The important thing for any artist is to be true to themselves ie as a composer write music that means something to you first. That and being curious. There is always another ‘step’, always new ways of looking at something, so it’s worth exploring new sounds that open up new ways of expression. For me that has been through studying film music, and finding a joy in working with sound design and creating my own sounds through recording, manipulating sounds using technology, eg stretching, reversing, adding reverb etc. Creating new sounds opens up new forms of expression. Classically I am exploring the poetry of Rumi which has been opening up new composition ideas. And I am looking at fresh ways of collaboration and presenting my music which I’m excited about.

Do you think we as musicians can do something to attract the younger generation to music concerts? How would you do this?

I’ve always loved visuals as well as sound eg image, colour and light. Adding this to the concert performance can be more appealing to a contemporary audience.

Also being more relatable by being open, having good and engaging communication, talking about the background to the music can all go a long way to help making a good connection with the audience. Knowing more about the composer as a person and why they write, can connect audiences more. For living composers to talk to the audience about their creativity and purpose for the music to inspire the next generation to be excited to create for themselves.

Tell us about your creative process. What is your favorite piece (written by you) and how did you start working on it?

Writing “Mirrors of Light” was an especially interesting creative process for me. Previous to writing it, I knew I had opened up to a greater exploration of my own consciousness. It’s an ongoing journey but this time it felt I was traveling through ‘space’, showing me new areas waiting to be explored. Following this, the composition began to emerge through improvisation at the piano. As is usual with my work, I perceive light informing the structure. I could sense mirrors involved as if light was being projected into space so that I could see something beyond. The music felt different to how I would normally write, so I had to trust the process. I feel compositions have their own structure, and I need to ‘keep out of the way’ mentally speaking, to allow it to ‘come through’. Also I don’t always write in a linear way. Sections come through, for example, sometimes the middle first, or maybe a few bars are missing and I have to be patient for them to ‘download’ which may even happen in the middle of the night! I liken the creative process to being an archeologist. That the piece is already there, but I am uncovering it, finding a bit here, a shape there, and finally the whole reveals itself. Knowing what the piece is called is another fascinating process for me. I ask within and in this case I realised the piece was called “Mirrors of Light 2” - which amused me because then I knew I needed to write “Mirrors of Light 1”! (which became a 3 movement piano sonata).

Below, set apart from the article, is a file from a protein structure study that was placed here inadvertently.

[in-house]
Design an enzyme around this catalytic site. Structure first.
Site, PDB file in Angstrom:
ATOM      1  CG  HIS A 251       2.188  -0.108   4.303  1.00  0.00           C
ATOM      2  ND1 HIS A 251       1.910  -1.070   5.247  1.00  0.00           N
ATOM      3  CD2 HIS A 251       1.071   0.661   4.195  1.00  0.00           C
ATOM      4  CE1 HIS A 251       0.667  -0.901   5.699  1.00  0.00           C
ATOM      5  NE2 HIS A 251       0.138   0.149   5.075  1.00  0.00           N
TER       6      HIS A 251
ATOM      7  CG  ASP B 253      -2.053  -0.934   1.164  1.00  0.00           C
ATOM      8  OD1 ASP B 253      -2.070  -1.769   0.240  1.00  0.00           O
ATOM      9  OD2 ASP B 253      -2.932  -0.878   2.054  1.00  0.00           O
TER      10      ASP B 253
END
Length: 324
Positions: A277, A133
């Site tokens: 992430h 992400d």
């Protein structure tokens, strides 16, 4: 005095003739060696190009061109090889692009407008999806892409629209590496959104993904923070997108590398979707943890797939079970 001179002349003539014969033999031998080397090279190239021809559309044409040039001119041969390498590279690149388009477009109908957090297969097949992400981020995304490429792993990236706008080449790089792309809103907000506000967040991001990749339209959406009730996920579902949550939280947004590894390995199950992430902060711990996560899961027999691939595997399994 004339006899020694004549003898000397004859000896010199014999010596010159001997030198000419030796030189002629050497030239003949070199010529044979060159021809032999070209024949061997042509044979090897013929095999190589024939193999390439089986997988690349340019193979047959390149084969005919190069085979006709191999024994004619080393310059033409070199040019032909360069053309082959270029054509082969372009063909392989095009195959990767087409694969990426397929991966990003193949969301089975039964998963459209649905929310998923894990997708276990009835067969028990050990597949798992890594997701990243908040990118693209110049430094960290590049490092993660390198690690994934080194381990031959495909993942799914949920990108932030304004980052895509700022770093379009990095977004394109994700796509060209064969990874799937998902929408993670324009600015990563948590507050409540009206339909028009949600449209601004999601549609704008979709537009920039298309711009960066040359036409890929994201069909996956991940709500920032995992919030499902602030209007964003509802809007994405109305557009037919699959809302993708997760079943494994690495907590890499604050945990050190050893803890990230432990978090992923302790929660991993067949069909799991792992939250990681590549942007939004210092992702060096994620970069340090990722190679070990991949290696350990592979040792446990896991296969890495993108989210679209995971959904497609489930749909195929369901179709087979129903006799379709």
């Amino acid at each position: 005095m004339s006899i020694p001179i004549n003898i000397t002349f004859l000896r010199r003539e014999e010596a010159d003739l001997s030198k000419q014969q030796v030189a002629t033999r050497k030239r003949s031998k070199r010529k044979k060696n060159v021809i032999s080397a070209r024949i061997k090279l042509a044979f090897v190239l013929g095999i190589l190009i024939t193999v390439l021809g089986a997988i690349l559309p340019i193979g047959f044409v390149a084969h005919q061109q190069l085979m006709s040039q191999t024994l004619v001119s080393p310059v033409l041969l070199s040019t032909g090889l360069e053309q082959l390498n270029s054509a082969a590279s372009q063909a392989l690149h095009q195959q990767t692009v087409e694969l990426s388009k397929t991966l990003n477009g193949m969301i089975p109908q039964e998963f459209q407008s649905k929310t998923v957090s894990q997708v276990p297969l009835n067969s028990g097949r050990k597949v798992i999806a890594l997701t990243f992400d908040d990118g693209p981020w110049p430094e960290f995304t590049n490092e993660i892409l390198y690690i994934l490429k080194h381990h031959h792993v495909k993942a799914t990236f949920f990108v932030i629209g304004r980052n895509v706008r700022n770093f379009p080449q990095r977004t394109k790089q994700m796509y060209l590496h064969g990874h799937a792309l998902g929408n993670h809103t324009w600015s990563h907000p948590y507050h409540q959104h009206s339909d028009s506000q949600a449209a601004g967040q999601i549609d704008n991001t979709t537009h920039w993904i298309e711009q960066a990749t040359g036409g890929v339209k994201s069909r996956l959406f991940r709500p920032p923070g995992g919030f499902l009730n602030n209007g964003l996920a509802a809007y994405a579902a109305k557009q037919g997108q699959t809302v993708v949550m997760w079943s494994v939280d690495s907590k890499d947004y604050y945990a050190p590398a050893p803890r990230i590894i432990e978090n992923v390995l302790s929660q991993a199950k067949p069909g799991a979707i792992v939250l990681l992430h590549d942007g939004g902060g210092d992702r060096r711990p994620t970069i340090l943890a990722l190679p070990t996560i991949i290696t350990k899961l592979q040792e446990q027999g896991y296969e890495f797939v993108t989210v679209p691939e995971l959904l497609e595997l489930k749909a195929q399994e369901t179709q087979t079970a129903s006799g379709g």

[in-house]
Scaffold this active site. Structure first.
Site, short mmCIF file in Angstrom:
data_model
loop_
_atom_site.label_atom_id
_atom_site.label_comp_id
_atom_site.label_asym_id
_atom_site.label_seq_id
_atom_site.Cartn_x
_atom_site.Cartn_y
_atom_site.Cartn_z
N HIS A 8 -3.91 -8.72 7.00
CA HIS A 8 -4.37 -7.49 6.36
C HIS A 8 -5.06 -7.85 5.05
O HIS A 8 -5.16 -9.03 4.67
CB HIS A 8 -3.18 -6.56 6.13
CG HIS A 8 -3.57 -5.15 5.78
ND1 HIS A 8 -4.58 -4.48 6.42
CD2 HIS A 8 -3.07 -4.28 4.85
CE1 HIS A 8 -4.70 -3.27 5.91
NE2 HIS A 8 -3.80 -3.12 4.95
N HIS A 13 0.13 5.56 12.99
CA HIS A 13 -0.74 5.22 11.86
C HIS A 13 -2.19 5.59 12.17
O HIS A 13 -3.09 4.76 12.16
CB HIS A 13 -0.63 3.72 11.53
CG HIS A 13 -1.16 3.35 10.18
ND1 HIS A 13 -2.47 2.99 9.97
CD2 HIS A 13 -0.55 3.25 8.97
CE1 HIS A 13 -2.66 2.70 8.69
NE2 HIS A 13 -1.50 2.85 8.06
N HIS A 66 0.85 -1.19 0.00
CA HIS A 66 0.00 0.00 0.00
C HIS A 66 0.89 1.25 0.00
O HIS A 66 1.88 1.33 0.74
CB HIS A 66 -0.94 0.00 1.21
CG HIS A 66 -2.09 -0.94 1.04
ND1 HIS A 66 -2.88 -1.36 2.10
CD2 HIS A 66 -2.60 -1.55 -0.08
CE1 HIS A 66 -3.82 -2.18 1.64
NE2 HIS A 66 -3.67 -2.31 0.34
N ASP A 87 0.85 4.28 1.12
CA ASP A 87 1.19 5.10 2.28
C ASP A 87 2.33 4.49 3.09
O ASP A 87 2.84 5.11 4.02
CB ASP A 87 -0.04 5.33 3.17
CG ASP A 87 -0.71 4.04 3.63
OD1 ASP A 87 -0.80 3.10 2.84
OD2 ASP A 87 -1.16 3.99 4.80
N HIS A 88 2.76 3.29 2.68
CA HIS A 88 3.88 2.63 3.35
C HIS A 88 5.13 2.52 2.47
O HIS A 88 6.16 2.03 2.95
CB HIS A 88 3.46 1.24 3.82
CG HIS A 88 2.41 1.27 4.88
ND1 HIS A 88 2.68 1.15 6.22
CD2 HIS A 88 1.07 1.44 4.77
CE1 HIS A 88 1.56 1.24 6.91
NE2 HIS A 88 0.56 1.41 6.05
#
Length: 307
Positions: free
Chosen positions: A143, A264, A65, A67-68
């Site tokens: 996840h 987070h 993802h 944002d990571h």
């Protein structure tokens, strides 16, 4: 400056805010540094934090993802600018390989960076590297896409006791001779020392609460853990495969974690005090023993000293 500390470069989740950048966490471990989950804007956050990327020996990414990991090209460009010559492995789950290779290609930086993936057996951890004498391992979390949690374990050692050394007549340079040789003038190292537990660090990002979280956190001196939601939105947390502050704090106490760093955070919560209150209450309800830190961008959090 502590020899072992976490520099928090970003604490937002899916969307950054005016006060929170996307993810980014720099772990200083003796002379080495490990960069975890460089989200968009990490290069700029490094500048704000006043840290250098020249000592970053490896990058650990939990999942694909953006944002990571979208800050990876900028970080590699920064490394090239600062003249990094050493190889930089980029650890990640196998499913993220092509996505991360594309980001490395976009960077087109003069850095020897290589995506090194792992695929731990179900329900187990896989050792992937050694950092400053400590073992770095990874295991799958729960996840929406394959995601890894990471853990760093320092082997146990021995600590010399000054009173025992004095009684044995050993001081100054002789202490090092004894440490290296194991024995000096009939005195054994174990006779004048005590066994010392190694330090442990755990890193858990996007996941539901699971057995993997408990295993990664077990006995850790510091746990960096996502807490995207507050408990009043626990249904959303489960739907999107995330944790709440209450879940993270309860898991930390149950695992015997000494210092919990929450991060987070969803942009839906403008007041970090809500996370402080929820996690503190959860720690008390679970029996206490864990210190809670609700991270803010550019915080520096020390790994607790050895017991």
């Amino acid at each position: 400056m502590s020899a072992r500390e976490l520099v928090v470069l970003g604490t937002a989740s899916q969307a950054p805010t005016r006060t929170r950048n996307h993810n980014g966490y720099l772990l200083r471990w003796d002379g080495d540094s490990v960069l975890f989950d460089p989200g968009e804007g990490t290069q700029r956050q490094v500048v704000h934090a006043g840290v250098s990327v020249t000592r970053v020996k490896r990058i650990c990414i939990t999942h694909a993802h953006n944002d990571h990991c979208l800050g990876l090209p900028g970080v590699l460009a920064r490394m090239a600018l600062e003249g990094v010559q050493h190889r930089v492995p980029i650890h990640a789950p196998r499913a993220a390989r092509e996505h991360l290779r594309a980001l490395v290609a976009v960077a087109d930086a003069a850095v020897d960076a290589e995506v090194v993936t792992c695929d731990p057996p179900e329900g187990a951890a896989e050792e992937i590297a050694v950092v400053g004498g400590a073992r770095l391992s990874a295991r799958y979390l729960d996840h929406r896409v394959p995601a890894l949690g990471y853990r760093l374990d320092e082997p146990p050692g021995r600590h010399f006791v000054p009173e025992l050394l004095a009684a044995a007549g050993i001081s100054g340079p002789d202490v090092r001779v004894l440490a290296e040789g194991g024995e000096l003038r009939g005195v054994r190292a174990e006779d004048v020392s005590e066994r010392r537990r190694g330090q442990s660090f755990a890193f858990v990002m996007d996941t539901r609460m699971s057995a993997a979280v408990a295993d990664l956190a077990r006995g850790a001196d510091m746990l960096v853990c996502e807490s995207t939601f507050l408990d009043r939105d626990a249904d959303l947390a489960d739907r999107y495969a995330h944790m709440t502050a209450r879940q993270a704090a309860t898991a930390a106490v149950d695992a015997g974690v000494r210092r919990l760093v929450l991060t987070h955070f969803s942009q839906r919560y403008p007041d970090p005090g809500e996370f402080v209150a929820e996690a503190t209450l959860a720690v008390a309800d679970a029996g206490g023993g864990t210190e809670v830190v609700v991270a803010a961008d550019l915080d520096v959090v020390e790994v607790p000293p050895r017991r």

For collaboration eg film, or the setting of a poem, my creative process is to tune into the creative source, finding the heart, aligning with that, then the music opens up to me like a conduit that I’ve tapped into. It’s a beautiful feeling of flow.

Can you give some advice for young people who want to discover classical music for themselves?

Go to live concerts. Some orchestras allow you to sit on the stage so you experience being amongst the musicians. Naturally the best way is to learn a musical instrument too and have the ‘experience’ of music personally. I encourage my students to improvise too, to see how music flows as a creative expression and language, revealing more about ourselves and that sound is innately within all of us.

Another way to is to see it as a living art, that we are individuals connected to ideas and creativity within and can express ourselves this way. And to see how those who have gone before have done that. Biography is a good way to access this. There is so much to learn from those who are Masters in their chosen field, so I consider studying the lives, ideas and work of artists can be immensely inspiring as a springboard to realising ways to access a personal inner connection with music. And explore! Different styles will speak to us in different ways as individuals.

Do you think about the audience when composing?

I feel I have to honour what the composition is saying first. I find it has a life and intelligence of its own, so I need to be true to what is coming through. It is nearly always a reflection of a process I have been through personally, an ‘end product’ of an understanding and internal experience. Having said that, then I consider the music has a purpose: to be given out to the world, to offer others a portal to enable and uplift their own journey and understanding. So its completion is being received by the audience.

What projects are coming up? Do you experiment in your projects?

Working on new piano music, and have several pieces awaiting premieres, including orchestral and choral music. And I certainly have enough material for a new album! I am open to experimenting with music especially for film if it requires a new approach.

I would love to write for Pierrot Ensemble if someone would like to commission that!